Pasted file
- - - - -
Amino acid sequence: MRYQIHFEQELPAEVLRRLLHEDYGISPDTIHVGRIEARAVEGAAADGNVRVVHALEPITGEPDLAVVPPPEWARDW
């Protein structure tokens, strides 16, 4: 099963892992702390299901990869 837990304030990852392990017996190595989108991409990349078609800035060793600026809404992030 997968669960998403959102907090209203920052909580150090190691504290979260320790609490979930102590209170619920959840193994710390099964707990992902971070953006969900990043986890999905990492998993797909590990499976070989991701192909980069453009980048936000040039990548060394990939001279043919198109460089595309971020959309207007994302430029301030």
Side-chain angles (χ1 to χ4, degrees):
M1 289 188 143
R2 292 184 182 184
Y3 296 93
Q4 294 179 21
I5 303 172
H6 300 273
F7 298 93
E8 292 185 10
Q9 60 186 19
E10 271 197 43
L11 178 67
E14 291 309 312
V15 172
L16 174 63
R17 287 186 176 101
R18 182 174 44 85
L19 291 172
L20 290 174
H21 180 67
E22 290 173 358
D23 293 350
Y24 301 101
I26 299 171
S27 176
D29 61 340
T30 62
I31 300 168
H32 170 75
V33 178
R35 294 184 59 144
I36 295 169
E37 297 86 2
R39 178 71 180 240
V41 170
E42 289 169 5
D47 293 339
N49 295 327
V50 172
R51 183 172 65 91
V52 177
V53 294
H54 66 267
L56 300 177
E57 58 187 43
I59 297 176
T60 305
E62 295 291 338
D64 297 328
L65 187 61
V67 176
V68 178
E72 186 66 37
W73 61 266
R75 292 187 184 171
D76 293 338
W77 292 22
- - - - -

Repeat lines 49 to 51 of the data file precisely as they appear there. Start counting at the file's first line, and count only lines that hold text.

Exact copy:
T60 305
E62 295 291 338
D64 297 328